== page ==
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Happy Independence Day from Charles and Greta

My parents-in-law have a long tradition of enthusiastic photography. Greta the golden retriever is less than a year old, but she’s already an accomplished model.

To those readers in the United States, I’d like to wish you a safe and happy Independence Day. While there’s a lot of music played on this holiday that is arranged to be “broadly appealing,” Charles Ives was never one to compromise. “Fourth of July” (1904), from the Holidays Symphony, complexly layers a number of patriotic tunes, which move a different speeds and simultaneously appear in different keys.

No one will mistake this piece for John Philip Sousa anytime soon, but it’s Ives’ way of paying tribute to the complex and multifaceted portrait that he saw both as America in the modern age and as the epitome of the American dream. Michael Tilson Thomas leads the Chicago Symphony in the embedded video below.


Comments

Comment from zeno
Time: July 5, 2011, 11:16 am

I heard the Philadelphia Orchestra give its first performance of Ives’s full Holiday Symphony back in the autumn of 1974 (in the old Academy of Music) while I was an undergraduate.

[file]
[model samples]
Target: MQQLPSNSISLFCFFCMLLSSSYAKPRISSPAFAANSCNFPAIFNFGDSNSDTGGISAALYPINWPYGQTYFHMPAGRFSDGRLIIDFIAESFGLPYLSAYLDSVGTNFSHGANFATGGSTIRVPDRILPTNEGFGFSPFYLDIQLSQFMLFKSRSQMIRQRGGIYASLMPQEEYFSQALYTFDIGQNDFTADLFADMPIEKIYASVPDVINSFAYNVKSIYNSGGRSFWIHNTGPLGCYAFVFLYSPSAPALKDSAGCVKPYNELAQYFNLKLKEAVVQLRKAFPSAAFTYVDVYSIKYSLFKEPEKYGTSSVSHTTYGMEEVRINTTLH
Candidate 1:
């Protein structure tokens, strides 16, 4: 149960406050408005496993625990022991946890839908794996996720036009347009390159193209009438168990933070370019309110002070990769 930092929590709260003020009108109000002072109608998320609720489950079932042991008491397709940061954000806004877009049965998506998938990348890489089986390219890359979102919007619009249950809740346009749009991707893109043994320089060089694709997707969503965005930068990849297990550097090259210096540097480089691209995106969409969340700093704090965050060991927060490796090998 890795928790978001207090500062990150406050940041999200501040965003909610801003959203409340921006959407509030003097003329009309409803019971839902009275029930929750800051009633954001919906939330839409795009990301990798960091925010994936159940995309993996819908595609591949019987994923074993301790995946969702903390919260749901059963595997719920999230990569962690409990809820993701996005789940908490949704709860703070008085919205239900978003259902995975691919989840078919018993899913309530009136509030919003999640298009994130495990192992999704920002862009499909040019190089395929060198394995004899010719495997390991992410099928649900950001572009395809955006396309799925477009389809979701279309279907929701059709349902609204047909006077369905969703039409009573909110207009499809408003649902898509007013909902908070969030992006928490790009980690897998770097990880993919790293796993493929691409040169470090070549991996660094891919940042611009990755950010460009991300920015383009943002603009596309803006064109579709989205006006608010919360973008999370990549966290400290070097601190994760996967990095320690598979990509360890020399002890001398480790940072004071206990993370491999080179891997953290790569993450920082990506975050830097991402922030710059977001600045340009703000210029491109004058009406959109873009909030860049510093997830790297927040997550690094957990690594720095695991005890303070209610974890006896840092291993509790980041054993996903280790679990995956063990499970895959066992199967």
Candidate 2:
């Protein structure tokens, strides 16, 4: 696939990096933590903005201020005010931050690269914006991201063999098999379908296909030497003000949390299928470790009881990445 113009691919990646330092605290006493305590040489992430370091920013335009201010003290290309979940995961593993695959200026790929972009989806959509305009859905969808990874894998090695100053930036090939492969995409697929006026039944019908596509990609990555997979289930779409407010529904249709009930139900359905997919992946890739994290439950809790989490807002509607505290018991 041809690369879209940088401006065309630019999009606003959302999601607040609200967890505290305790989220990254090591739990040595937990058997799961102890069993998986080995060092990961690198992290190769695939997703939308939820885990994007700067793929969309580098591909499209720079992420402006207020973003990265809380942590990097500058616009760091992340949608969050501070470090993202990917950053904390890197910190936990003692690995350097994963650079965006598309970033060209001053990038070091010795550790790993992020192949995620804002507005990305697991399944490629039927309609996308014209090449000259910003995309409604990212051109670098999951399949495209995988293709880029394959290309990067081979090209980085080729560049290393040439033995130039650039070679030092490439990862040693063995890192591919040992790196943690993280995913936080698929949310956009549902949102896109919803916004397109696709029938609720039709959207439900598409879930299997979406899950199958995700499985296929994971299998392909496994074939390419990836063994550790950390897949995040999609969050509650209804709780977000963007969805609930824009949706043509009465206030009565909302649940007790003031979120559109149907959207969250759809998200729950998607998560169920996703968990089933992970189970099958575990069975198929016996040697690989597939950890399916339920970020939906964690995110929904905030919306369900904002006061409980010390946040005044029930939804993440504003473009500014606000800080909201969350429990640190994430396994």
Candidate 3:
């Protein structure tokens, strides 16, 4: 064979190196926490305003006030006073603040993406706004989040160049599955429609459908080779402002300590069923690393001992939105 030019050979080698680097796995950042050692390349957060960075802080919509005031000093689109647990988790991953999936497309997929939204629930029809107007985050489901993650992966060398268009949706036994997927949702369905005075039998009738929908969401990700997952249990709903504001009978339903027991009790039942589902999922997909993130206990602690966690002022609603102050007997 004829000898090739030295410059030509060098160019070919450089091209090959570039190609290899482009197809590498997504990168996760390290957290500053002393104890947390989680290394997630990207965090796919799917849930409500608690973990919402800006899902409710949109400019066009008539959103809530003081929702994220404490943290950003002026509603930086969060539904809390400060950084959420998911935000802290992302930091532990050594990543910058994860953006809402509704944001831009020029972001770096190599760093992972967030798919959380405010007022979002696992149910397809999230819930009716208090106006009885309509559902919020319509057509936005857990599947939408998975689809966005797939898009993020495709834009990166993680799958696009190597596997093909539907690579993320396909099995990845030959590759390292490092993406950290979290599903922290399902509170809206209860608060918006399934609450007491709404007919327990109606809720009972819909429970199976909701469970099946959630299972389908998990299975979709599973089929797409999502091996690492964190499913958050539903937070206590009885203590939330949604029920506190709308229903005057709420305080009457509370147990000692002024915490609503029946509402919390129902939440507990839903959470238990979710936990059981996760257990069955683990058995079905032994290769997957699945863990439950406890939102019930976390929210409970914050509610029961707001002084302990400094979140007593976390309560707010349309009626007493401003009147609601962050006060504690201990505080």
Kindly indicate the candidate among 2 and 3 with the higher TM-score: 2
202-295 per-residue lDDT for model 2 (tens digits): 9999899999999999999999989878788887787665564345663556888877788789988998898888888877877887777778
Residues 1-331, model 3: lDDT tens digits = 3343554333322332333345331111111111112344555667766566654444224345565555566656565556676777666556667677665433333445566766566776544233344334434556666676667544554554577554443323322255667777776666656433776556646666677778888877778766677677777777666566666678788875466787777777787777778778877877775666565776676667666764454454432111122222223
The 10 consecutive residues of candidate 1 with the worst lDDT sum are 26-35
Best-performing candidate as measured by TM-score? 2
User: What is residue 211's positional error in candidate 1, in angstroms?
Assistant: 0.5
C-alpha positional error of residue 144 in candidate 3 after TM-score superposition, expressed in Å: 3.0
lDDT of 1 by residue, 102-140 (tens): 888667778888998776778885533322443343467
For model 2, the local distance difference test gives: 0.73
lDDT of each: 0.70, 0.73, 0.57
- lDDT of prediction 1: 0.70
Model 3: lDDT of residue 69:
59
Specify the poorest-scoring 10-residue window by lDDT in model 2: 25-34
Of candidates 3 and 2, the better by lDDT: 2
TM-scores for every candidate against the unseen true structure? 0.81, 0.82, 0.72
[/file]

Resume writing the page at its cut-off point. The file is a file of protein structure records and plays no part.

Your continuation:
Michael Tilson Thomas’s San Francisco Symphony “Keeping Score” program on Ives’s Holiday Symphony is also enthusiastic, magical, and well-executed; and is highly recommended to anyone who hasn’t seen it yet:

http://www.keepingscore.org/interactive/ives-holidays-symphony

And here is a list which includes some of the allegedly “broadly appealing” American classical music broadcast yesterday on public radio in the Nation’s Capital (no Charles Ives or George Crumb; although they did play a Lou Harrison piece for the first time a few days earlier – the Suite for Violin, Piano, and Small Orchestra):

http://www.weta.org/fm/playlists/classicalweta/2011/07/04